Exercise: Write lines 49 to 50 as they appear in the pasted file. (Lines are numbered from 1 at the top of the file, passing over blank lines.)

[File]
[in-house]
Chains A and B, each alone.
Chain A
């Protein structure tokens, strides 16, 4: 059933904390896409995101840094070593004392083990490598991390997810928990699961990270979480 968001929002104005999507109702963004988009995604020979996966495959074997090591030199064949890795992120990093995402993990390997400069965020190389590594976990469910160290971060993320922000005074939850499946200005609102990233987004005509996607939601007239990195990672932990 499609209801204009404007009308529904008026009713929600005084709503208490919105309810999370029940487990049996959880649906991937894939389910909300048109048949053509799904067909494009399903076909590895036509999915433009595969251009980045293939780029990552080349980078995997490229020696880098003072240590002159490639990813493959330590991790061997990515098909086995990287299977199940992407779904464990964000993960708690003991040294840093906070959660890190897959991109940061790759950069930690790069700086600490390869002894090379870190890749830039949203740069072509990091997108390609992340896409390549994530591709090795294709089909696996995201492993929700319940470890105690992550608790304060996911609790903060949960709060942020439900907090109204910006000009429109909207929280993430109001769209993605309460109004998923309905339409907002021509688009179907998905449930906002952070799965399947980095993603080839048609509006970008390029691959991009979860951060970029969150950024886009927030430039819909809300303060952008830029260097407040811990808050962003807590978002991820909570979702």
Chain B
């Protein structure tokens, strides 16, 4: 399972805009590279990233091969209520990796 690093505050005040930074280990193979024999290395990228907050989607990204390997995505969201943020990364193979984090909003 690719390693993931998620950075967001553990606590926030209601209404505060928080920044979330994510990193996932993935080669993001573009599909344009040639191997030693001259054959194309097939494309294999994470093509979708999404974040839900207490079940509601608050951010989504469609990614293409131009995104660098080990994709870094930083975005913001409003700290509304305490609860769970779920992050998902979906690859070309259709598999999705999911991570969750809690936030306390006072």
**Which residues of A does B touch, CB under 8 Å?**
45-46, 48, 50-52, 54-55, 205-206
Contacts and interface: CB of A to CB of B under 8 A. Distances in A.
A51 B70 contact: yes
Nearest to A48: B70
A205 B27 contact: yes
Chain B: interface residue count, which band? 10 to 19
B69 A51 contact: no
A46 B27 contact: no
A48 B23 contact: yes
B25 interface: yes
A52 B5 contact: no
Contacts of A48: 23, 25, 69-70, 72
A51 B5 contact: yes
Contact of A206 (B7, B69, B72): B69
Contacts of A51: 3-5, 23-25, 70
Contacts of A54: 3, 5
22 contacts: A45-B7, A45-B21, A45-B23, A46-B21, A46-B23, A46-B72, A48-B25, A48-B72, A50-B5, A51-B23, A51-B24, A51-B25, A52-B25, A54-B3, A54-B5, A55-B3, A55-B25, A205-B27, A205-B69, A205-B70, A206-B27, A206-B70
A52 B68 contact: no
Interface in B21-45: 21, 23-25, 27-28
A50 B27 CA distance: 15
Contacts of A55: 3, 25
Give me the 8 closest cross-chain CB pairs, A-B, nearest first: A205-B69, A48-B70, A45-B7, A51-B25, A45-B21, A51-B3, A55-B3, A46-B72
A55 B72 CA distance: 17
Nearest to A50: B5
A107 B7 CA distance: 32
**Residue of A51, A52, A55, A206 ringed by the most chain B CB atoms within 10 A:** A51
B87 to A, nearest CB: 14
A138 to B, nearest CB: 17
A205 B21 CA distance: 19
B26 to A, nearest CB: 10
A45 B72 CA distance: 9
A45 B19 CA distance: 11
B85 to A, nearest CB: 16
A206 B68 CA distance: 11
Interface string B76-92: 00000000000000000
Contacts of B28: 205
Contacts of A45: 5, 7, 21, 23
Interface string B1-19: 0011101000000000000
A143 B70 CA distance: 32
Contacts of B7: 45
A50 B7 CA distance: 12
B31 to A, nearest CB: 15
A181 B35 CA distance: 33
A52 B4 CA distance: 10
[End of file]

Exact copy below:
B31 to A, nearest CB: 15
A181 B35 CA distance: 33